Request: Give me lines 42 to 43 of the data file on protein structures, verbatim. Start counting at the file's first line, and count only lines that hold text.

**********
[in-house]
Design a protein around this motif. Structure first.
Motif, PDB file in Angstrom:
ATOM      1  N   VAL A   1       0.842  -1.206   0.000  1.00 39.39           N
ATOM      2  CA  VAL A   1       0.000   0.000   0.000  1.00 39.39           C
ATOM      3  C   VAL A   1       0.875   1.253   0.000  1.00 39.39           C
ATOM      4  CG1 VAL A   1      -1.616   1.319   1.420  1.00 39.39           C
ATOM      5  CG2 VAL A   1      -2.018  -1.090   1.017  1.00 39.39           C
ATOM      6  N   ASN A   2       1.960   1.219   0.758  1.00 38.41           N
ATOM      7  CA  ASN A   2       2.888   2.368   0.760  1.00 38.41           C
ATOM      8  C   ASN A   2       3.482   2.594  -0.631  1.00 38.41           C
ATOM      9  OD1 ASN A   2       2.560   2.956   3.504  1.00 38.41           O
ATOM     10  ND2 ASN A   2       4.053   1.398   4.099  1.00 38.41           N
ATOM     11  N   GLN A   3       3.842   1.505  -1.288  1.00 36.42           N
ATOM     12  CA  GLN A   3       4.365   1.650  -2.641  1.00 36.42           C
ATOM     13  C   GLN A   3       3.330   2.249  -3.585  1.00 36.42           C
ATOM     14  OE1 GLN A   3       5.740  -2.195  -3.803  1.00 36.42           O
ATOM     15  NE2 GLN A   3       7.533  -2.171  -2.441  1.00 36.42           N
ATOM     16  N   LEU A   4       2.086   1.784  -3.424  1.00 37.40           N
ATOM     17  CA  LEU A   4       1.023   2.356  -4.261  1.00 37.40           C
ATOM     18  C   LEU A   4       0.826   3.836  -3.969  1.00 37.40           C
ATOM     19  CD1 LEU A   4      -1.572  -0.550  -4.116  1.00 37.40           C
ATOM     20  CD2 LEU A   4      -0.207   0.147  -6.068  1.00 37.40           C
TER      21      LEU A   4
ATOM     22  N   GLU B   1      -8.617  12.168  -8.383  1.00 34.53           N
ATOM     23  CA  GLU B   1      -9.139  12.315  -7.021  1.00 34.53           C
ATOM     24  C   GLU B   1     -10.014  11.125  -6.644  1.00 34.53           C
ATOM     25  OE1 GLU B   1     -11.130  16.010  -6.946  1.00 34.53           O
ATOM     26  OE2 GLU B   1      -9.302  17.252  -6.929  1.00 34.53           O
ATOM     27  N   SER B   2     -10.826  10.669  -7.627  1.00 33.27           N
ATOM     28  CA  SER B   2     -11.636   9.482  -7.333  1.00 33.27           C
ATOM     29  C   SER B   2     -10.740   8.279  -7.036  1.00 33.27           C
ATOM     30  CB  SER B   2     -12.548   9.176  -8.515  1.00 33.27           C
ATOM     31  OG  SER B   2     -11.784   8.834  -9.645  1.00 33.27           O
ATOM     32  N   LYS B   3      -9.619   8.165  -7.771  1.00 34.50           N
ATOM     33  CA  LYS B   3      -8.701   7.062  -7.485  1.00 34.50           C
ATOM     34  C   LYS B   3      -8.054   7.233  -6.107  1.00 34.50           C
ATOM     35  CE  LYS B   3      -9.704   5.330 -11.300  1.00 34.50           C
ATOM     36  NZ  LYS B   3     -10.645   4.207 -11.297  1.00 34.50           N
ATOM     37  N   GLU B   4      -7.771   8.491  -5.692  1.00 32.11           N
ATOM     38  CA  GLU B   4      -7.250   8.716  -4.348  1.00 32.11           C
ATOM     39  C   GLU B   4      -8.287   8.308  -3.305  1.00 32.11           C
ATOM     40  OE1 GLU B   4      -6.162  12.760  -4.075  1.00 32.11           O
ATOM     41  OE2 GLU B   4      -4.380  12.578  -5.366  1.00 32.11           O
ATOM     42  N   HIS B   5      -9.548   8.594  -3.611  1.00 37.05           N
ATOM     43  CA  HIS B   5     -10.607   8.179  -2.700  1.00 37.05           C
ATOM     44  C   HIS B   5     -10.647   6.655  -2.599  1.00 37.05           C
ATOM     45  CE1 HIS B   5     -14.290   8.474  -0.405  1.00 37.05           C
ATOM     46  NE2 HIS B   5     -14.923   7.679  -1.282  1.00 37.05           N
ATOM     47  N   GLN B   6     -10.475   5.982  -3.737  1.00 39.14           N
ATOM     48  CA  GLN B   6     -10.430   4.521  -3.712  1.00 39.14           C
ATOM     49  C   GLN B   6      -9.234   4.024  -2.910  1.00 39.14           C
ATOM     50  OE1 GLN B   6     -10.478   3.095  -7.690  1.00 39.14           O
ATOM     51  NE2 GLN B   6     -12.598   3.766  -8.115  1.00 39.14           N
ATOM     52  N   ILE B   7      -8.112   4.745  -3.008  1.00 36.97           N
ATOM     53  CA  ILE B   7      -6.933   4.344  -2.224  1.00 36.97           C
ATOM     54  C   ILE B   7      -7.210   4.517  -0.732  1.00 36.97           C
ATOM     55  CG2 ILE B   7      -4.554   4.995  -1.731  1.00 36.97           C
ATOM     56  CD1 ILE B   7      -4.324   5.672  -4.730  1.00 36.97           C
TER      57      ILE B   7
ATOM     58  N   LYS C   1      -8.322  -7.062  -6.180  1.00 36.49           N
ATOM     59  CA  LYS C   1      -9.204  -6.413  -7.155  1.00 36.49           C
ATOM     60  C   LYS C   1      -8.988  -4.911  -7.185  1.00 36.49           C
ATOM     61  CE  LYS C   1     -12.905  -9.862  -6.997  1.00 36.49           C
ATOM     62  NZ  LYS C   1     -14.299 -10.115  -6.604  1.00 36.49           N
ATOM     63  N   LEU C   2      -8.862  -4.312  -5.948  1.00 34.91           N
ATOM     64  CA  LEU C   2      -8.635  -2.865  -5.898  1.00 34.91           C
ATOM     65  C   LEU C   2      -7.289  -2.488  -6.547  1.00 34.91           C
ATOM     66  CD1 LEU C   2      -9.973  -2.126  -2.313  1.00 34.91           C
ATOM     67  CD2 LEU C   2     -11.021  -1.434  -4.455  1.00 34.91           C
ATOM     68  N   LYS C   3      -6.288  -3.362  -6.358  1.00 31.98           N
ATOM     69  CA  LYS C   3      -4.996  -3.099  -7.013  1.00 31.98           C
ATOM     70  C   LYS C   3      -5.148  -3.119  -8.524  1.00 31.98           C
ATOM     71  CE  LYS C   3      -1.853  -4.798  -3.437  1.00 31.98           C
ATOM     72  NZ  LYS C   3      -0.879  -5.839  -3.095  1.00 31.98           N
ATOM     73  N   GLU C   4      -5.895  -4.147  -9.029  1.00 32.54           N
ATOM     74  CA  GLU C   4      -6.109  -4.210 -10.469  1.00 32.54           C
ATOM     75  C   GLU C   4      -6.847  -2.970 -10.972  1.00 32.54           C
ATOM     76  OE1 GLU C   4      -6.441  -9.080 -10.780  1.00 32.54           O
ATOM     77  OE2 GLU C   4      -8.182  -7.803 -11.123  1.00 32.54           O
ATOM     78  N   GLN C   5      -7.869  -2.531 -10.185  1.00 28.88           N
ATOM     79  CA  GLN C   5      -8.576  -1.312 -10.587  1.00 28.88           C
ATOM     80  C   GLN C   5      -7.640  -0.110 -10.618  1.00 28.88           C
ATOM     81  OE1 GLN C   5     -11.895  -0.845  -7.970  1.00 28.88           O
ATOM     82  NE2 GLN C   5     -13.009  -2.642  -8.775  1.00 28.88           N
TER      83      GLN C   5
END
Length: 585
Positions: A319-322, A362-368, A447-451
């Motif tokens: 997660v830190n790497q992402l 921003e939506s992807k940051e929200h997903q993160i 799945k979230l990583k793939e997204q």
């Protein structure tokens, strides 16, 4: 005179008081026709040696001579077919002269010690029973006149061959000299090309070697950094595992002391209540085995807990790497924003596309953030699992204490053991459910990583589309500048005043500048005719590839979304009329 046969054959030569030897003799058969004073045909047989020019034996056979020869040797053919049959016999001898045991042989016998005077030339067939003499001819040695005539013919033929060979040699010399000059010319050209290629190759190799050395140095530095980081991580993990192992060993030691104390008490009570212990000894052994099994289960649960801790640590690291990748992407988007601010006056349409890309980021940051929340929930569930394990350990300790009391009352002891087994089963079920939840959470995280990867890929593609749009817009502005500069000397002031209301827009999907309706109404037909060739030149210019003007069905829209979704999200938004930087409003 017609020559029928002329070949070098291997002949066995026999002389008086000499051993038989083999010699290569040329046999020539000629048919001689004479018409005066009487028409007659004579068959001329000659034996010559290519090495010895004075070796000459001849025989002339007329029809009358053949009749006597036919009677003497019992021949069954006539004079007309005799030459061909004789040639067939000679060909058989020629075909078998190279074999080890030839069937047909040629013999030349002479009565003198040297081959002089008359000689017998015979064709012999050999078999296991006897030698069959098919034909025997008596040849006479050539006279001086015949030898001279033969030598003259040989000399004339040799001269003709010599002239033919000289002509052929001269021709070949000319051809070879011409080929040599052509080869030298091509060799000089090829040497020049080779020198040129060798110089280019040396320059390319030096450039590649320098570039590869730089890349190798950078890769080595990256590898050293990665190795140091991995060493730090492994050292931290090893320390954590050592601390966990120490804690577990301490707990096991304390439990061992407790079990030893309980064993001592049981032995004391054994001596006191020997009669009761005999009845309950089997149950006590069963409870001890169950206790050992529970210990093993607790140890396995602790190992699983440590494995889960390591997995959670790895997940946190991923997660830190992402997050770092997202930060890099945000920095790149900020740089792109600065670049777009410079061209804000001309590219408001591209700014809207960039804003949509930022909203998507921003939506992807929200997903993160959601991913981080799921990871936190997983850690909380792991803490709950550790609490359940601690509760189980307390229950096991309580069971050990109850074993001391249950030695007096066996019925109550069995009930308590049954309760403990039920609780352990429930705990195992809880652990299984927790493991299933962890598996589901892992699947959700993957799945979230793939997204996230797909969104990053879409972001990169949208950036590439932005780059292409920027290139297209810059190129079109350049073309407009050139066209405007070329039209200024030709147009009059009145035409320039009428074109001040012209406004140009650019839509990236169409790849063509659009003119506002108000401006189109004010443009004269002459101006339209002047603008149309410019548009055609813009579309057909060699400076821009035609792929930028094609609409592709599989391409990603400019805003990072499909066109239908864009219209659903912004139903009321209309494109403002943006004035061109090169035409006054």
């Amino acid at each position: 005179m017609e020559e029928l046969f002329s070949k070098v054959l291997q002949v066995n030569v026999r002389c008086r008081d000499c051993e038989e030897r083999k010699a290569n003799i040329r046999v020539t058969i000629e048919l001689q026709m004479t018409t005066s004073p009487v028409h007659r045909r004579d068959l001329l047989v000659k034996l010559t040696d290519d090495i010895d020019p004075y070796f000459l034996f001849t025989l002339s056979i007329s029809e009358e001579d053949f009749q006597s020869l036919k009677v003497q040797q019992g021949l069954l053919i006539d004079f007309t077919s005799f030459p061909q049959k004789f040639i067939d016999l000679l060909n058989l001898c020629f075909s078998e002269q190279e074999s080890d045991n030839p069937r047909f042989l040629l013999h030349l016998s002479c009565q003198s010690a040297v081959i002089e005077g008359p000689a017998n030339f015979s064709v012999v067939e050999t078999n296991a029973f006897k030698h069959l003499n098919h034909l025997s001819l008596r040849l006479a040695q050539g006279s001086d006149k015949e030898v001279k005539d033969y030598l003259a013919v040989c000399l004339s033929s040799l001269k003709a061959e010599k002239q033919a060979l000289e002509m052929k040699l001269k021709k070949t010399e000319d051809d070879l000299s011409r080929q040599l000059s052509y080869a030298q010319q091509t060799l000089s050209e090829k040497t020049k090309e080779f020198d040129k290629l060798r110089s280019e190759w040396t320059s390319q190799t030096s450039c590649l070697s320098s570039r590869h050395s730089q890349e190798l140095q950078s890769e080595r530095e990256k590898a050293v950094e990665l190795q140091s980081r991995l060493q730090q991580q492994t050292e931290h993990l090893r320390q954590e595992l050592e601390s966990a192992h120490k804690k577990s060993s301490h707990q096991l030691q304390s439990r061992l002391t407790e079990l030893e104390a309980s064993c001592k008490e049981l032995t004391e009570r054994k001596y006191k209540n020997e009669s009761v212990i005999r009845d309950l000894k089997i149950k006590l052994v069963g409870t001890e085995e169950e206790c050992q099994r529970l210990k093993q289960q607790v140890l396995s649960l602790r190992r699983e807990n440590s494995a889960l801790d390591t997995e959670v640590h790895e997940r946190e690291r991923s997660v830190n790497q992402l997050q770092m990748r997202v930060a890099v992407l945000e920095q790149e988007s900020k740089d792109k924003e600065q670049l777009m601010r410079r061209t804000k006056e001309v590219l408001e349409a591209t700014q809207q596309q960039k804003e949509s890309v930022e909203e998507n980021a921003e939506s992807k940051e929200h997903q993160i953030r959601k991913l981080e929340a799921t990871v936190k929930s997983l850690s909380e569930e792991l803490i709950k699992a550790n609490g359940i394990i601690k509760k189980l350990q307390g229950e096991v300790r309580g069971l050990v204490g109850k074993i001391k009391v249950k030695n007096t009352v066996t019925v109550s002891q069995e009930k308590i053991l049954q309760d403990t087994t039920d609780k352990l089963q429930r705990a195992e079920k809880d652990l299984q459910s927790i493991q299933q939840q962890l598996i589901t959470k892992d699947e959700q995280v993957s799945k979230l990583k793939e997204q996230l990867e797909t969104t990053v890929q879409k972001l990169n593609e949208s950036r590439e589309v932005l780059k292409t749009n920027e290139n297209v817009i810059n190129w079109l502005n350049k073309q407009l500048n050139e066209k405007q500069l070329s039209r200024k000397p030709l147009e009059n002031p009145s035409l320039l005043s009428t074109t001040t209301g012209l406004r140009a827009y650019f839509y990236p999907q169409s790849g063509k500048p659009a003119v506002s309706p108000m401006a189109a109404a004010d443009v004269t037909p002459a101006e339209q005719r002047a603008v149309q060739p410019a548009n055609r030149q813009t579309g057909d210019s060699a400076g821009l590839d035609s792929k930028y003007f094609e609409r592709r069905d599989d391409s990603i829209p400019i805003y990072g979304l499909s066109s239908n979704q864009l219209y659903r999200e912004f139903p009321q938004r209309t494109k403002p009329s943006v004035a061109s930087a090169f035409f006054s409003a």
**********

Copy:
ATOM     39  C   GLU B   4      -8.287   8.308  -3.305  1.00 32.11           C
ATOM     40  OE1 GLU B   4      -6.162  12.760  -4.075  1.00 32.11           O